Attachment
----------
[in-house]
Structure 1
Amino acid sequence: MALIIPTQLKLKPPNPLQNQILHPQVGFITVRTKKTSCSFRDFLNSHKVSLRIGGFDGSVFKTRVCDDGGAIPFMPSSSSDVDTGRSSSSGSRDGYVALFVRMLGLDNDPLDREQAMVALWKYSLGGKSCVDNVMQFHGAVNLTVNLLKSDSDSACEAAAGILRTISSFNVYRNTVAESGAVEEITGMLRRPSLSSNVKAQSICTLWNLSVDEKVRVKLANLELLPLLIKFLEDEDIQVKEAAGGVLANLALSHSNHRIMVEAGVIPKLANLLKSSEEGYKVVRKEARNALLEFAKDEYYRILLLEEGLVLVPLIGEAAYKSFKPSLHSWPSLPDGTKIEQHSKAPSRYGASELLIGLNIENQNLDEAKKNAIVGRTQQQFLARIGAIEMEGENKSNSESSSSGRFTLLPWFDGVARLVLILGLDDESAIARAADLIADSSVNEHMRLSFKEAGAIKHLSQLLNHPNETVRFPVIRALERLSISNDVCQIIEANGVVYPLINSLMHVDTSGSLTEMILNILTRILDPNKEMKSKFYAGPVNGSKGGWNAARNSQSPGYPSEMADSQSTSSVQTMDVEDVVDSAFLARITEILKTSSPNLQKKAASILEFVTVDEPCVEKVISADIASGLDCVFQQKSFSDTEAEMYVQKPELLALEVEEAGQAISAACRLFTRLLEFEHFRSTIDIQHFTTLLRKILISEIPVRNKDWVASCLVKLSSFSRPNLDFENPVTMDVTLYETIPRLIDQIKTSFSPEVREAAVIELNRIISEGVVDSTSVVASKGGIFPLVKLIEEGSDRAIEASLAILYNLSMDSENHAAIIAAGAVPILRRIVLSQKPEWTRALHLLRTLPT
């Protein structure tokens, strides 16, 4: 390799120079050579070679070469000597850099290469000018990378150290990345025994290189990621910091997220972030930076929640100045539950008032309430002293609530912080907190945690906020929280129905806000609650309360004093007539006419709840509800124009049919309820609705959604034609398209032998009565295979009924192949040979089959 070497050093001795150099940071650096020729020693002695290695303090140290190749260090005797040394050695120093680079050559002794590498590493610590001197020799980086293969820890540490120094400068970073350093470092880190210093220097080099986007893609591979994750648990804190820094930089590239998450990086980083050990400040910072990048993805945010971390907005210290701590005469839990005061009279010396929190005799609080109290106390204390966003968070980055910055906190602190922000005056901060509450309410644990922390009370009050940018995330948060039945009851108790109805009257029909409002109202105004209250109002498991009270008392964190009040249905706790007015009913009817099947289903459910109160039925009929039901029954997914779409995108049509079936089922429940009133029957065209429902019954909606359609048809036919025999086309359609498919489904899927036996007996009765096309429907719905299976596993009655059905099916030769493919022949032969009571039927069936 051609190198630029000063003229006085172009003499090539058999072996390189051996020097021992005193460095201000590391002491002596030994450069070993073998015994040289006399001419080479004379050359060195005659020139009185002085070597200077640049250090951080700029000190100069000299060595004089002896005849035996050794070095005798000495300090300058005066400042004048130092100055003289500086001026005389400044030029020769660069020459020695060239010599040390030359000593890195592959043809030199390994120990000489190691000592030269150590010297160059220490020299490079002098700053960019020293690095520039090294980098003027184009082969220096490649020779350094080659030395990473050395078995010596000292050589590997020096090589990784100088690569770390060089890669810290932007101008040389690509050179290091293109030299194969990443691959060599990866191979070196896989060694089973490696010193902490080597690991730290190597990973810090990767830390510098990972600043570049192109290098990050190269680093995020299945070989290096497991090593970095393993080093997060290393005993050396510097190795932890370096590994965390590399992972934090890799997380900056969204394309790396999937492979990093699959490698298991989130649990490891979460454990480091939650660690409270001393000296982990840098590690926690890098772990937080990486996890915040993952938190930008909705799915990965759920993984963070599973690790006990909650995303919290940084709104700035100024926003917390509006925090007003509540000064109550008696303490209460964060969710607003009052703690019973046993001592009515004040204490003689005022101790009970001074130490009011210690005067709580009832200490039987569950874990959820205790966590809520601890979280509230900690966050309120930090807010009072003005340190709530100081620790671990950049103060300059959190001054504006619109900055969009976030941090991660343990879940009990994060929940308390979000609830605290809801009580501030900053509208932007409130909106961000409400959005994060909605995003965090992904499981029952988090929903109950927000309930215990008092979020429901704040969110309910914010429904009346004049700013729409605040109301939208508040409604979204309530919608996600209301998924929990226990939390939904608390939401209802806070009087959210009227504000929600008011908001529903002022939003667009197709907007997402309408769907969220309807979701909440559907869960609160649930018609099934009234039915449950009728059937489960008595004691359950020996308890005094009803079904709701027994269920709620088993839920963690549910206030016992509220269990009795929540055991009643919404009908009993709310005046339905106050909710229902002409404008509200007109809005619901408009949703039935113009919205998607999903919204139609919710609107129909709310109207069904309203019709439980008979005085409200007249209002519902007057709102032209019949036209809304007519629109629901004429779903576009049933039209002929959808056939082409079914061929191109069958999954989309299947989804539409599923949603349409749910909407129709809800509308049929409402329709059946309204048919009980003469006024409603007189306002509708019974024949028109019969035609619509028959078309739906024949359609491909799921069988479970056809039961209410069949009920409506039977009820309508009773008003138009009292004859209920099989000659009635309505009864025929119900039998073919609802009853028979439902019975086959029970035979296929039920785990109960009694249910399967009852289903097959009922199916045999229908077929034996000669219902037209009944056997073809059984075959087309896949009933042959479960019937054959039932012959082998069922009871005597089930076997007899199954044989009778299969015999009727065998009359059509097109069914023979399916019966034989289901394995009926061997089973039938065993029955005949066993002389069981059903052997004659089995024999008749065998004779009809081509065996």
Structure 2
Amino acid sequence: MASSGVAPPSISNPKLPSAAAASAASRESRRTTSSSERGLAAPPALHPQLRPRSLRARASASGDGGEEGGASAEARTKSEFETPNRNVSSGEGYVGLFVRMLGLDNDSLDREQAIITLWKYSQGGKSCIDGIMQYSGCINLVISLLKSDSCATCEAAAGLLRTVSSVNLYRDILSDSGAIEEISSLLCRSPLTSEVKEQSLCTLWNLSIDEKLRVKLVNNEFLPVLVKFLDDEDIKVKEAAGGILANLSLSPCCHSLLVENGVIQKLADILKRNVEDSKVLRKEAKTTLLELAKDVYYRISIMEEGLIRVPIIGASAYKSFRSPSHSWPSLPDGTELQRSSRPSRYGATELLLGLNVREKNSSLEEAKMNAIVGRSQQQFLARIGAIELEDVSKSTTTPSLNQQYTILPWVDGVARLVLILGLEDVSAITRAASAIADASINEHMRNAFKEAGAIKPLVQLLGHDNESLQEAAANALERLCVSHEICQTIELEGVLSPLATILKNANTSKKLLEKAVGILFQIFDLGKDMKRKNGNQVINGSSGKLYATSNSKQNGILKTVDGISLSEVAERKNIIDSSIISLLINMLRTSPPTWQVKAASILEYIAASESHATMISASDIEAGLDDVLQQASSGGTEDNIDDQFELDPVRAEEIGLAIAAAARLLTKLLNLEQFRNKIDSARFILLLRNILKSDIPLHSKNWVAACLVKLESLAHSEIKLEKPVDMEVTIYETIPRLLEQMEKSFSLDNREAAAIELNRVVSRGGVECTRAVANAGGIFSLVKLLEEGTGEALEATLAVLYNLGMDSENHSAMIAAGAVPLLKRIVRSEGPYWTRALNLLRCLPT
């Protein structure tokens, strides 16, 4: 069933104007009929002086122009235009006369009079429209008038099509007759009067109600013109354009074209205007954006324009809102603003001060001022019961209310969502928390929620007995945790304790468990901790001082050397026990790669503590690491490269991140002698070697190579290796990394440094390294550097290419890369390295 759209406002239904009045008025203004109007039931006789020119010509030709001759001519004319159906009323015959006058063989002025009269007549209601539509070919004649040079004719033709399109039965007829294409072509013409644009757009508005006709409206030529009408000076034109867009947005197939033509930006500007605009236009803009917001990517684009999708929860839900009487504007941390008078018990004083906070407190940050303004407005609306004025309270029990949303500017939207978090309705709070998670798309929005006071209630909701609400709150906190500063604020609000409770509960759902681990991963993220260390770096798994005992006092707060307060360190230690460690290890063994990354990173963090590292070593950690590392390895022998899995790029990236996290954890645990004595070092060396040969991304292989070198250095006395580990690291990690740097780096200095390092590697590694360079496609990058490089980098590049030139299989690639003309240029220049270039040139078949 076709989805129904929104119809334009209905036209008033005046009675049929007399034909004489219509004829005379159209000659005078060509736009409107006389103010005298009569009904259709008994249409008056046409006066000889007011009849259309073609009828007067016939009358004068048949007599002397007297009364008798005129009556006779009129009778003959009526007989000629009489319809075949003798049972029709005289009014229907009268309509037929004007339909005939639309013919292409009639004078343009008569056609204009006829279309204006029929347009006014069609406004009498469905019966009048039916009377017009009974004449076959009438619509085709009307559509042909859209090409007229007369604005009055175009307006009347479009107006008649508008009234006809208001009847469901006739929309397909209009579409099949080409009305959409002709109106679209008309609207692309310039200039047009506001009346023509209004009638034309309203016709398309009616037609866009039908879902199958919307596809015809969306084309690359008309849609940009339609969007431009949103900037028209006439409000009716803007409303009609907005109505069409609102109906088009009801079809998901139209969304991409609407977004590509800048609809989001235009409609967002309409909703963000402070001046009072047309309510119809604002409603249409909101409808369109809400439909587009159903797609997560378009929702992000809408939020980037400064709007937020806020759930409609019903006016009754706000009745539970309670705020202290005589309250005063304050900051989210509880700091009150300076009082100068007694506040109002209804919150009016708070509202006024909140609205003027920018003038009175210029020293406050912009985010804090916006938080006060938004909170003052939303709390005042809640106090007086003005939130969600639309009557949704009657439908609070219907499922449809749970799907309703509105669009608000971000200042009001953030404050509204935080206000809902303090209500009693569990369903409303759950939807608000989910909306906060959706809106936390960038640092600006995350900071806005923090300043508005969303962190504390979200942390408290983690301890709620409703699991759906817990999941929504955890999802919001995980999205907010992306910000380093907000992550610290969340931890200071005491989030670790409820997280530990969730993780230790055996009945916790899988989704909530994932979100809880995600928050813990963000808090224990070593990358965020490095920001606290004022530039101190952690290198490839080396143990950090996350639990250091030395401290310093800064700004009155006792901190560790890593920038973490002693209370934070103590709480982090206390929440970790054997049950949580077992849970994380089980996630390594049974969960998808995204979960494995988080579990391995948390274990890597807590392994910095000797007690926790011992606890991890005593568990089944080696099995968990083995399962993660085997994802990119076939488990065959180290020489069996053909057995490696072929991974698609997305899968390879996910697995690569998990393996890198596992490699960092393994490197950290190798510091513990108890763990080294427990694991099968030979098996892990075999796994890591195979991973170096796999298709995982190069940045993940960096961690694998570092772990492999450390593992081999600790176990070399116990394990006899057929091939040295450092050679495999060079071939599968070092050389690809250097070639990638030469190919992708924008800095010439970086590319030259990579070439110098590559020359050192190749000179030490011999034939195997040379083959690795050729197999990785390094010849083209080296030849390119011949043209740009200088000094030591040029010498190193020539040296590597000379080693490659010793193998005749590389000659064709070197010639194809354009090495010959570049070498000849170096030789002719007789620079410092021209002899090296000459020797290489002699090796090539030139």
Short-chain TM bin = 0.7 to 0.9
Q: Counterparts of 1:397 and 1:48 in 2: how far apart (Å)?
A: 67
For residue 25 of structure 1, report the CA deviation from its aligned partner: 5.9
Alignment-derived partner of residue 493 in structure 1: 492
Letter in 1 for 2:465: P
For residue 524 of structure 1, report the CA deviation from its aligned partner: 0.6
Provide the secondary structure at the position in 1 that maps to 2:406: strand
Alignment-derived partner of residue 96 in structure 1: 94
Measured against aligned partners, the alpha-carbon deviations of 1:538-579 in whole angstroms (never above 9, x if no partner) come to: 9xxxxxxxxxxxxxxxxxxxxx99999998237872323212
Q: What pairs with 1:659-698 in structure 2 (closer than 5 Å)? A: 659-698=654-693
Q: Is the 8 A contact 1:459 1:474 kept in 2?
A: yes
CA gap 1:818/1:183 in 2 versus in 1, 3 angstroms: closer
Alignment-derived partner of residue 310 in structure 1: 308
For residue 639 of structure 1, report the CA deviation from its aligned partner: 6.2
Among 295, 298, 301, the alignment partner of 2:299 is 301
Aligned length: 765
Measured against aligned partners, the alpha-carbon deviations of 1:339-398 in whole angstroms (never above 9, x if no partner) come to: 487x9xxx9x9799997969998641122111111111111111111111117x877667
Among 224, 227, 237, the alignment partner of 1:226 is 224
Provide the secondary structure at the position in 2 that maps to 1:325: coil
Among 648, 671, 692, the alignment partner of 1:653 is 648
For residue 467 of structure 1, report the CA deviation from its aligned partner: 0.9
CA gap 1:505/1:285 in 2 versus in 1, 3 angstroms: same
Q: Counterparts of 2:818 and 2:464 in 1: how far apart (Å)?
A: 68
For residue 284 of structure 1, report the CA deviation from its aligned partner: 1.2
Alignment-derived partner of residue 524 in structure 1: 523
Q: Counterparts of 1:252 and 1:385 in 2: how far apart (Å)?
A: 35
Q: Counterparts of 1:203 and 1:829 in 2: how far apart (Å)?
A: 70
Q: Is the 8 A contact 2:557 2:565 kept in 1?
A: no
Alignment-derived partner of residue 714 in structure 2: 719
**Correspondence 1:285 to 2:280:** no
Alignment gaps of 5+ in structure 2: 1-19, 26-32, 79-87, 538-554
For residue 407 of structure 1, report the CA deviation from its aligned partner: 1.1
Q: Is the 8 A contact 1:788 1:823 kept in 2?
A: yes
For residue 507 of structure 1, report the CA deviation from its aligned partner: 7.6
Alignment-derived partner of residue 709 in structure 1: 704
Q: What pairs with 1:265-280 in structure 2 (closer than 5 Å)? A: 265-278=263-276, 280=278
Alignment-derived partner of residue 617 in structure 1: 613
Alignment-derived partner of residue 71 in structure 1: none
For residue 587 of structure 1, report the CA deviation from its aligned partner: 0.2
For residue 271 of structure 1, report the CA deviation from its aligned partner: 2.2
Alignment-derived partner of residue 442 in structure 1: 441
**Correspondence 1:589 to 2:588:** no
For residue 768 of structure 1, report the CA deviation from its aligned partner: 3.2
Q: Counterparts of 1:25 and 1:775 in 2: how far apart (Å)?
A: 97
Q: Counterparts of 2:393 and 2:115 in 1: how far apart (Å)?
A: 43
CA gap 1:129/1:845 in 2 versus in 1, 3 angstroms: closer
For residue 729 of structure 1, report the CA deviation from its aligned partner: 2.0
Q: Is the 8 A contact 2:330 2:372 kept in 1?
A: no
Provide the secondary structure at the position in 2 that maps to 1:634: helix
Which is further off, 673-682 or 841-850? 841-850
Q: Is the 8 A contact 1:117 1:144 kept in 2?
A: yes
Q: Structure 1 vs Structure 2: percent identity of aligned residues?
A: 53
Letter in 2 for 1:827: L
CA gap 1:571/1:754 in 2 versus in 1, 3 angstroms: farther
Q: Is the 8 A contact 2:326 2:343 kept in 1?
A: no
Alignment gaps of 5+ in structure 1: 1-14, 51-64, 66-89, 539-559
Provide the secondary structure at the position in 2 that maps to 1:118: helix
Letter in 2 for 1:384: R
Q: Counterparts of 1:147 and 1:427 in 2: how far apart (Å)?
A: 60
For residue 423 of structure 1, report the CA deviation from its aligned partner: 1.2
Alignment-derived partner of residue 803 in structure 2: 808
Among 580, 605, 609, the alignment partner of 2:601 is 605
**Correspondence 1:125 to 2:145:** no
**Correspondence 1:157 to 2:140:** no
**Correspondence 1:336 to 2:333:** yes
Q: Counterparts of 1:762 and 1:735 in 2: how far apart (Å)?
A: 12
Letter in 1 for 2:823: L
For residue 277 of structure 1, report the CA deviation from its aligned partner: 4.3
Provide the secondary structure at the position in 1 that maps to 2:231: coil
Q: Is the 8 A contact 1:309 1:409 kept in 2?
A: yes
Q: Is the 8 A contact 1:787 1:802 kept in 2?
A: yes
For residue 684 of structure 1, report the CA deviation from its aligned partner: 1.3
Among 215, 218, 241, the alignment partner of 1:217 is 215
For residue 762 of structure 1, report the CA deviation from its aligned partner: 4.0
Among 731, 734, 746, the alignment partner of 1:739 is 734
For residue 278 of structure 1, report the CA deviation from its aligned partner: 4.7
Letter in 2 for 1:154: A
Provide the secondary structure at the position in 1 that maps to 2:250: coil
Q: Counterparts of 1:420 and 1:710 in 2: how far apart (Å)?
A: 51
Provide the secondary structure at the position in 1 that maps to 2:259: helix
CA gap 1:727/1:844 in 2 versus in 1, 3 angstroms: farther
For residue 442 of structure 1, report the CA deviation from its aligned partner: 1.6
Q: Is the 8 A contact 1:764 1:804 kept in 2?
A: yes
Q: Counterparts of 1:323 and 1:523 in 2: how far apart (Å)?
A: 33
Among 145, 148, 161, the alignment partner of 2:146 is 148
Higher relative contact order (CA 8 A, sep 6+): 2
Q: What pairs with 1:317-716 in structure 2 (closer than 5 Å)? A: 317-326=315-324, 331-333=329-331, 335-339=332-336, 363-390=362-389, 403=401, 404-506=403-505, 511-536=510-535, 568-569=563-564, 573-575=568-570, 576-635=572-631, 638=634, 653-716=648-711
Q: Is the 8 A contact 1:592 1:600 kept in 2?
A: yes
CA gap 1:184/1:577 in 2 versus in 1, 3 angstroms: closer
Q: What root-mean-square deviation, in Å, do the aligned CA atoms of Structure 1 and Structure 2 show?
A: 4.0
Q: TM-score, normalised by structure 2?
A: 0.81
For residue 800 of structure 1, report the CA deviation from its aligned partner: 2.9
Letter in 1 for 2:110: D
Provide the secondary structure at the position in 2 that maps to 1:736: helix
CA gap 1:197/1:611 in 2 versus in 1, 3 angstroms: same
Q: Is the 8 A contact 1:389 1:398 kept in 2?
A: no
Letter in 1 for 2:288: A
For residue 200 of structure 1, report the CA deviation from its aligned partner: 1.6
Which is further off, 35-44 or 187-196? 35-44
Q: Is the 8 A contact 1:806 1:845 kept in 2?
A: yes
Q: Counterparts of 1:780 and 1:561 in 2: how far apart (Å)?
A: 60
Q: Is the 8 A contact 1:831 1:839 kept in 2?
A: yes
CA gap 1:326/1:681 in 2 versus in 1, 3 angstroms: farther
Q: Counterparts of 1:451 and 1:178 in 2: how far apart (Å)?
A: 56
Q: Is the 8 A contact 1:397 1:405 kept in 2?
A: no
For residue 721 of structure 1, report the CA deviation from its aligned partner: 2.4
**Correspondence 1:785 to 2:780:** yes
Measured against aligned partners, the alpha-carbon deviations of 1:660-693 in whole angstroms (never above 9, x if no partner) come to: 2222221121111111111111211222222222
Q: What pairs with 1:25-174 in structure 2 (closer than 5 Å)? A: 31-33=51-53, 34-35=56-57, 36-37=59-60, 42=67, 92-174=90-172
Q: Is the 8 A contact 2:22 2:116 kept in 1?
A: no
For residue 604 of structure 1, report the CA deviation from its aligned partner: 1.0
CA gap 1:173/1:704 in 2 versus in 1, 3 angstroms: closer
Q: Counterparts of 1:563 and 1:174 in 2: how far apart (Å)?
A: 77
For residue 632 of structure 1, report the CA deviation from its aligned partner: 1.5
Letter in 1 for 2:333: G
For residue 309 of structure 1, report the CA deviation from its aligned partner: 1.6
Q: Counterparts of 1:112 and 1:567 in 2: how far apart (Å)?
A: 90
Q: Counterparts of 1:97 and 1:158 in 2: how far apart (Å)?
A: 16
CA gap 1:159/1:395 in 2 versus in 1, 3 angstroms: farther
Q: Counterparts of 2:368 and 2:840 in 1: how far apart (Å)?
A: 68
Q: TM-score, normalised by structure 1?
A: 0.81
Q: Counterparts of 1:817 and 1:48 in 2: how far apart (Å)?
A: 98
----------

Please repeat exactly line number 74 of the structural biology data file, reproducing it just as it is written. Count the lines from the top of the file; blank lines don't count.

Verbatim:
Q: Is the 8 A contact 2:326 2:343 kept in 1?